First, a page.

Learn more about this project on the OSI wiki at:
Free/Libre/Open Works (FLOW) Management Education Questionnaire and Analysis

Review the Working Group’s deliverables:
The Manager and the Coordinator, Academic Paper
Draft for Comment: 15 January 2014 | Version 2.4
Joseph Potvin, Doctoral Candidate, University of Quebec
Working Group Chair, FLOW Management Education Questionnaire and Analysis
Survey responses (raw data)


Free/Libre/Open Works (FLOW) Management Education

Mainstream management education has not kept pace with the evolution of successful free/libre/open source peer-to-peer scenarios. Other than through individual project leaders who happen to be based at educational institutions, the management education field as a whole is only superficially engaging this approach. For the most part it’s missing the substantial academic and formal business literature on free/libre/open ethics, methods, processes, governance, HR management, corporate strategy, law and financing, all of which have come to prominence in the operational life of business, government and science.


To give a prominent tangible example of the disconnect, in the past decade many commercial and government organizations worldwide have adjusted their competitive hiring and procurement processes to include a mandatory requirement for PMP Certification (Project Management Professional) or PRINCE2 Certification (Projects in Controlled Environments, v.2). But these frameworks assume projects that are under exclusive organizational terms, and hierarchical management. They have recently included “agile methods”, but they continue to lack significant accommodation of other key aspects of the free/libre/open way.


Learn more about this project on the OSI wiki at:
Management Education About Free/Libre/Open Works Methods, Processes and Governance (EDU-WG).


Other Proposed Working Groups

Contact us at osi@opensource.org, or visit the Project wiki page to learn more about joining one of these OSI Working Groups or starting your own:

  • Developer Certificate of Origin
  • Fiscal Sponsorships
  • License De-listing Proposal
  • License Page Improvements
  • Listing of Licensing Tools
  • Machine Readable OSI Licenses
  • Open Source Bug Bounty Program
  • OSI Website Page Improvements
  • Value of Support in Open Source



Membership Card The OSI has developed membership cards suitable for printing. If you’re a current OSI Individual Member and would like to show off your affiliation, please contact the OSI at osi@opensource.org to request a copy be emailed to you. Once we receive your request we will confirm your active membership and ship your card right off–which includes your date of membership and member ID number.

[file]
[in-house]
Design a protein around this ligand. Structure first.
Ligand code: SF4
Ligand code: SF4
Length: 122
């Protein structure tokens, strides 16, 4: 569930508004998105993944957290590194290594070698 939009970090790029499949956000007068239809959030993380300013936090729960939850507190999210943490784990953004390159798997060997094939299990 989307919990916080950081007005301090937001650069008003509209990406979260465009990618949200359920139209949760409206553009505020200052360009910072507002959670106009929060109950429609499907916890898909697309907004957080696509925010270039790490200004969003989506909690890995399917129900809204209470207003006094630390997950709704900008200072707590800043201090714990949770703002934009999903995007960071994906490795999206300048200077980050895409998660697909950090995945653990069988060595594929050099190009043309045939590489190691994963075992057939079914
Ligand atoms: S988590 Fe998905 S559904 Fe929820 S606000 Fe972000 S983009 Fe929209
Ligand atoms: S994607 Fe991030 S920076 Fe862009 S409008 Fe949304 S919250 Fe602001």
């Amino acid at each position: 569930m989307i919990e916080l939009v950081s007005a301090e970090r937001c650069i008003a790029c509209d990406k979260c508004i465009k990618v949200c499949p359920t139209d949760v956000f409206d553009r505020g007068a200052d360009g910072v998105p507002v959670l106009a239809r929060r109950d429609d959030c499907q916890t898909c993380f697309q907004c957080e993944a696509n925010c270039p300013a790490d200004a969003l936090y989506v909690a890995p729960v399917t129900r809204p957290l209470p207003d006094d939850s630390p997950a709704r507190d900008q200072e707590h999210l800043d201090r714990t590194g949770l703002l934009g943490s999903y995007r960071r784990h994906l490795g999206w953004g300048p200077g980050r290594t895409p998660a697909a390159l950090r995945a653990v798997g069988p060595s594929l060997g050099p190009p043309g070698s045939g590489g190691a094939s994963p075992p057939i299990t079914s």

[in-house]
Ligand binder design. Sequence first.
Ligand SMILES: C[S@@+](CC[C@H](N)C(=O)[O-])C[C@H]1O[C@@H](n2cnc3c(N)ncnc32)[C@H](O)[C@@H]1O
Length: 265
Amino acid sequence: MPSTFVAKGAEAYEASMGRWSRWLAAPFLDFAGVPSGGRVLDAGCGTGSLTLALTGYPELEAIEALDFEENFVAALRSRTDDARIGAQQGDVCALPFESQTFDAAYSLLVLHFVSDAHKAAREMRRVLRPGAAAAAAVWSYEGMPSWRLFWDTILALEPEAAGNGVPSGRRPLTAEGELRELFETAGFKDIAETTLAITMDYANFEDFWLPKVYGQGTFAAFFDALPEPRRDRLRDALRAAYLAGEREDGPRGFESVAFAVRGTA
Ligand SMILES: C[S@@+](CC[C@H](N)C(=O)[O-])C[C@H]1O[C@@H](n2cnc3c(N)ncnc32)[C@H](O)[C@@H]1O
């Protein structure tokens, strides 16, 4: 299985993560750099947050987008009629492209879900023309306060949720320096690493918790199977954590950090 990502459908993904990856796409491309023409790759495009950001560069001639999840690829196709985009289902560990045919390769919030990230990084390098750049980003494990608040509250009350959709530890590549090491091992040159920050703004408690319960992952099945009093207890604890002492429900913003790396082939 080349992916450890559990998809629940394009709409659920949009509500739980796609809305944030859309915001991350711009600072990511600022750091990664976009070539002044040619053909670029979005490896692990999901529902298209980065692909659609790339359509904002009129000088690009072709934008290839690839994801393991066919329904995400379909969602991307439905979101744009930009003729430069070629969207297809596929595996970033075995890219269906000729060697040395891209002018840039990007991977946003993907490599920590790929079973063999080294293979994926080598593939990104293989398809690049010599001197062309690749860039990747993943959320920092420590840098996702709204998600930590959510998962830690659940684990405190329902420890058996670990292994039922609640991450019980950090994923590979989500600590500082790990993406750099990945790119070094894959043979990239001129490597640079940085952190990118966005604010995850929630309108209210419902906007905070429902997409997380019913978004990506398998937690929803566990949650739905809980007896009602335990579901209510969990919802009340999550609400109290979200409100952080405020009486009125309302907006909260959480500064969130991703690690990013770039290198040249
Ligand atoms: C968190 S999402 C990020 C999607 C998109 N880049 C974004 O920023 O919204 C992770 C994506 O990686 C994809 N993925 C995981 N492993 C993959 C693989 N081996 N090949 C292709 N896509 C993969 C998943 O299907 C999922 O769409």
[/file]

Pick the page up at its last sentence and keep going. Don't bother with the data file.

Be sure to sign your membership card, then carry it with you whenever you’re out and about. The OSI attends many open source, software and technology events. At many of these events we’ll be providing premiums—from stickers and t-shirts to discounts on conferences and products/services—from our Corporate Sponsors.
Show us your current membership card and we’ll make sure you’re set up.


Shreyas is a currently a student at Sathyabama University in Chennai, India who also serves as the Vice President of the Computer Science Club. Upon joining the OSI, Shreyas reached out immanently to not only provide feedback on how our Individual Membership program might improve, but also stepped up to volunteer to help with those improvements. We asked Shreyas to share his perspective on, and motivations for, working with open source software and the communities that support it.

Open Source Initiative: Why is open source software important to you?
Shreyas Narayanan Kutty: I’m a person who isn’t fond of restrictions. This is one of the major reasons I use open source Software, because the first rule is, there ARE no rules! You are at the liberty of using the software developed by people like you and not by an organization or a small group of inidividuals. It is not controlled or restricted. You are free to develop, build and play around with it.
OSI: In addition to being an OSI Individual Member, are you involved in any other open source projects or communities?
Kutty: I’m also involved in other open source communities such as Mozilla and Wikimedia. They are also affiliates of OSI. At Mozilla, we aim to create a free, open and secure web for the people. This is mainly done by projects such as the web browser Mozilla Firefox. Wikimedia is an initiative for an Open Education Movement.